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Auckland, North Island, New Zealand
Wine tour operator, wine writer and lapsed physiotherapist. "Nature abhors a vacuum. I personally hate dusting."

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Tuesday, May 26, 2020

How To Taste Wine


The whole ritual of wine tasting can look a tad pretentious and silly, but essentially it does make sense.



If you are visiting a number of wineries in a day, or lucky enough to be at a hosted wine tasting event, it pays to take your time and stick to a few basic principles: The 6 S approach is pretty standard. See, Swirl, Sniff, Swish, Spit (or Swallow). Drink plenty of water and take meal breaks.

Looking through the wine against a white background gives clues to age and concentration. A white wine will progress to golden hues with age. A red will take on brick red or brownish tones with age. Then vigorously swirl the wine around in the glass – this releases more aromas into the bowl of the glass. Stick your nose right in the glass and sniff heartily. Apart from picking up aromas it will also tell you if the wine is ‘off’ ! (See last month’s column). Swish the wine right around the inside of your mouth. In fact, most of your taste receptors are in your nose (that’s why you can’t taste food when you have a cold). Your mouth and tongue have taste buds, but they are receptors for just five basic flavours: sweet, salty, sour, bitter, and umami -or savoury. But the mouth cavity connects to the nasal receptors that pick up the nuances of flavour. Now, to spit or swallow? Your choice, but even in small amounts over many samples, you can absorb a lot of alcohol. I was once invited to judge sixty big reds for Cuisine mag. Yay, I thought. On the day there were ten ‘flights’ of six Aus and NZ reds. I dutifully spat and rinsed my mouth with water, but by the end of the day I was shattered and probably over the legal limit. One final thing – don’t rinse your glass with water between samples. Water in the glass changes the pH of the wine and thus its flavour.

Anyway, here’s some great wines to sample!



Kumeu River Estate Pinot Gris 2018 $26

Iconic west Auckland chardonnay producers, Kumeu River also have a few other whites on the shelf, including the above, plus a Gew├╝rztraminer, a bottle fermented sparkler and a Hawkes Bay sauvignon blanc. This pinot gris is crisp and luscious, with Nashi pear, lime citrus and a hint of Kumeu clay minerality.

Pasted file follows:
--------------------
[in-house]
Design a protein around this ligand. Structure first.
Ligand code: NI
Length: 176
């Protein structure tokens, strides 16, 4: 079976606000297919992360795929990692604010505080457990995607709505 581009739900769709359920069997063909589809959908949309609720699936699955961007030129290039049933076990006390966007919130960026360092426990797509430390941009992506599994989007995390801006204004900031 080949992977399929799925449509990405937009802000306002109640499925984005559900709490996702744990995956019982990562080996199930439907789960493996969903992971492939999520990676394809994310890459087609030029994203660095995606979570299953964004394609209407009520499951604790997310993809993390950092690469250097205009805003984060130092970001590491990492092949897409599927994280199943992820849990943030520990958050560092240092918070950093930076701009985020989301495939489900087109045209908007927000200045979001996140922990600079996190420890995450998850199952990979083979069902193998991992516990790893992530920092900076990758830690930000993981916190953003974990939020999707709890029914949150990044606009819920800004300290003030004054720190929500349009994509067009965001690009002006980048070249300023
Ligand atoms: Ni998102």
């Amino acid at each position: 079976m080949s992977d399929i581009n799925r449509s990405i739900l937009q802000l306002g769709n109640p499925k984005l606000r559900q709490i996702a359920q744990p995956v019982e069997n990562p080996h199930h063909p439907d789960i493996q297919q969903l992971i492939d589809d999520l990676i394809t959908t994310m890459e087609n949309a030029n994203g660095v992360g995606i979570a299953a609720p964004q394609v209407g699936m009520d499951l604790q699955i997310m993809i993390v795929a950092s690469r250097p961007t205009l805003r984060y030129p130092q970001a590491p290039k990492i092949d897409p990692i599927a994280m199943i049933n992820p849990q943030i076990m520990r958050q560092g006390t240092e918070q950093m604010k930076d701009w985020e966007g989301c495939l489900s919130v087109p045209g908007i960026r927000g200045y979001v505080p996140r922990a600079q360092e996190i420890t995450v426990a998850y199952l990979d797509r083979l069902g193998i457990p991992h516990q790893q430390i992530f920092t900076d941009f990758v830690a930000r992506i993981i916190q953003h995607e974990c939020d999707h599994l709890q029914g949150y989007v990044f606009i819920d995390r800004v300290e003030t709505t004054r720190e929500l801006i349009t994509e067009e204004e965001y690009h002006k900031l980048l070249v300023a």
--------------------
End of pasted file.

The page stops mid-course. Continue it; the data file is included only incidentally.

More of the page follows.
Available: Caros, Fine Wine Delivery Co.

Thomas Waiheke Blanc de Gris 2017 $46
One of Waiheke’s newest wineries and also the highest-elevated vineyard on the island, Batch has spectacular views out over the gulf and islands.
This sparkler is possibly the only prosecco style, tank fermented style currently in NZ. Dry and crisp with a satisfying yeasty tang. Flavours of crisp apple and pear.
Available: Batch Winery or Waiheke Wine Centre

Coopers Creek Hawkes Bay Swamp Reserve 2014
Swamp Reserve has always been Coopers’ top chardonnay. This one from my cellar is gorgeous at 5 years old. Lovely deep gold colour, seamless lengthy and rich flavours of hazelnut, canned peach, a hint of grapefruit and yeasty brioche. The 2017 is out now at about $29
Available: Caros, Herne Bay Cellars

Thomas Field Blend Rose 2018 $38
A complex  blend of 87% syrah, 5% pinot gris, 5% chardonnay, 2% flora and 1% riesling – delivers a crisp refreshing ideal summer wine with strawberry, raspberry and a hint of toffee apple. Dry finish.
Available: Batch Winery or Waiheke Wine centre Waiheke Island.

Pegasus Bay Aged Release Waipara Valley Pinot Noir 2009 $65
I was lucky enough to sample this ten year old lighter style pinot. It has aged very gracefully with a slightly smoky, gamy nose. Flavours of cherry, truffle and cassis with bit of spice and soft tannins
Available: from Pegasus Bay winery online, or www.whiskyandmore.co.nz


Phil runs Wine Tours Auckland New Zealand

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